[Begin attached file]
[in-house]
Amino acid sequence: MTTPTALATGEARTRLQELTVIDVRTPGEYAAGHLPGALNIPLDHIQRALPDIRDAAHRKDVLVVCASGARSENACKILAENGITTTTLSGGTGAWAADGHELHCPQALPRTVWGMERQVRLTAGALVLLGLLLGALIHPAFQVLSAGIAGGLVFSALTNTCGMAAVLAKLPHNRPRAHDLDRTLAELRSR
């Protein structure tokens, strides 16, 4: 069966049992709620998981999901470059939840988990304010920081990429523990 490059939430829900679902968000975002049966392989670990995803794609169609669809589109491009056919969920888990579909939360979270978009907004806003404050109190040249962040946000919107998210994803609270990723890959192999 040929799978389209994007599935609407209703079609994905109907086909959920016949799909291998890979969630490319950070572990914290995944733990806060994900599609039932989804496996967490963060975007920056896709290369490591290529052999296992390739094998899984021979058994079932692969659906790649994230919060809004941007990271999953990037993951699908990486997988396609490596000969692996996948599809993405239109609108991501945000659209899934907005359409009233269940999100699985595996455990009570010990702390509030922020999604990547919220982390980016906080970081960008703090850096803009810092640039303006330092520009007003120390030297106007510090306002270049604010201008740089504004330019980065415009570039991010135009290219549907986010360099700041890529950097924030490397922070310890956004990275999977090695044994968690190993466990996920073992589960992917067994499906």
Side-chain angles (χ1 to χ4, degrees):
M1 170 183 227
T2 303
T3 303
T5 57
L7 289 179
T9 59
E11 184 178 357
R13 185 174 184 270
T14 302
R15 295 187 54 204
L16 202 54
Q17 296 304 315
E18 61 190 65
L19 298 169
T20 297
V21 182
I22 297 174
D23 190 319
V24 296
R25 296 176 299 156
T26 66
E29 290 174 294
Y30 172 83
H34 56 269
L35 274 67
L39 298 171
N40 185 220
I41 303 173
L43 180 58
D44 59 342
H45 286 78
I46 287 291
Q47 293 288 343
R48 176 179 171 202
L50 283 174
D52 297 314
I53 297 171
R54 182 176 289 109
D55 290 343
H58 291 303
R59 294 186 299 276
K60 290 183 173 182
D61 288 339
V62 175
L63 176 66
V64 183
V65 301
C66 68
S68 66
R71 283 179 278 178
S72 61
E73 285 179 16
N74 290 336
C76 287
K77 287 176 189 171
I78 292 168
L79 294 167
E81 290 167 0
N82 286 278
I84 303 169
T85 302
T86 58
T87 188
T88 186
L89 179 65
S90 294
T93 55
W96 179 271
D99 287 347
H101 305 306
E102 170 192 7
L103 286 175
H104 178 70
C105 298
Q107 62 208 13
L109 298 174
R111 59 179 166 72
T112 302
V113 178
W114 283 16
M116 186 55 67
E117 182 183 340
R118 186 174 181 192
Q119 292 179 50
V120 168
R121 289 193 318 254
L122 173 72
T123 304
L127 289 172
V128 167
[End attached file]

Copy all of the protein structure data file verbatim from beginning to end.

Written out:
[in-house]
Amino acid sequence: MTTPTALATGEARTRLQELTVIDVRTPGEYAAGHLPGALNIPLDHIQRALPDIRDAAHRKDVLVVCASGARSENACKILAENGITTTTLSGGTGAWAADGHELHCPQALPRTVWGMERQVRLTAGALVLLGLLLGALIHPAFQVLSAGIAGGLVFSALTNTCGMAAVLAKLPHNRPRAHDLDRTLAELRSR
């Protein structure tokens, strides 16, 4: 069966049992709620998981999901470059939840988990304010920081990429523990 490059939430829900679902968000975002049966392989670990995803794609169609669809589109491009056919969920888990579909939360979270978009907004806003404050109190040249962040946000919107998210994803609270990723890959192999 040929799978389209994007599935609407209703079609994905109907086909959920016949799909291998890979969630490319950070572990914290995944733990806060994900599609039932989804496996967490963060975007920056896709290369490591290529052999296992390739094998899984021979058994079932692969659906790649994230919060809004941007990271999953990037993951699908990486997988396609490596000969692996996948599809993405239109609108991501945000659209899934907005359409009233269940999100699985595996455990009570010990702390509030922020999604990547919220982390980016906080970081960008703090850096803009810092640039303006330092520009007003120390030297106007510090306002270049604010201008740089504004330019980065415009570039991010135009290219549907986010360099700041890529950097924030490397922070310890956004990275999977090695044994968690190993466990996920073992589960992917067994499906």
Side-chain angles (χ1 to χ4, degrees):
M1 170 183 227
T2 303
T3 303
T5 57
L7 289 179
T9 59
E11 184 178 357
R13 185 174 184 270
T14 302
R15 295 187 54 204
L16 202 54
Q17 296 304 315
E18 61 190 65
L19 298 169
T20 297
V21 182
I22 297 174
D23 190 319
V24 296
R25 296 176 299 156
T26 66
E29 290 174 294
Y30 172 83
H34 56 269
L35 274 67
L39 298 171
N40 185 220
I41 303 173
L43 180 58
D44 59 342
H45 286 78
I46 287 291
Q47 293 288 343
R48 176 179 171 202
L50 283 174
D52 297 314
I53 297 171
R54 182 176 289 109
D55 290 343
H58 291 303
R59 294 186 299 276
K60 290 183 173 182
D61 288 339
V62 175
L63 176 66
V64 183
V65 301
C66 68
S68 66
R71 283 179 278 178
S72 61
E73 285 179 16
N74 290 336
C76 287
K77 287 176 189 171
I78 292 168
L79 294 167
E81 290 167 0
N82 286 278
I84 303 169
T85 302
T86 58
T87 188
T88 186
L89 179 65
S90 294
T93 55
W96 179 271
D99 287 347
H101 305 306
E102 170 192 7
L103 286 175
H104 178 70
C105 298
Q107 62 208 13
L109 298 174
R111 59 179 166 72
T112 302
V113 178
W114 283 16
M116 186 55 67
E117 182 183 340
R118 186 174 181 192
Q119 292 179 50
V120 168
R121 289 193 318 254
L122 173 72
T123 304
L127 289 172
V128 167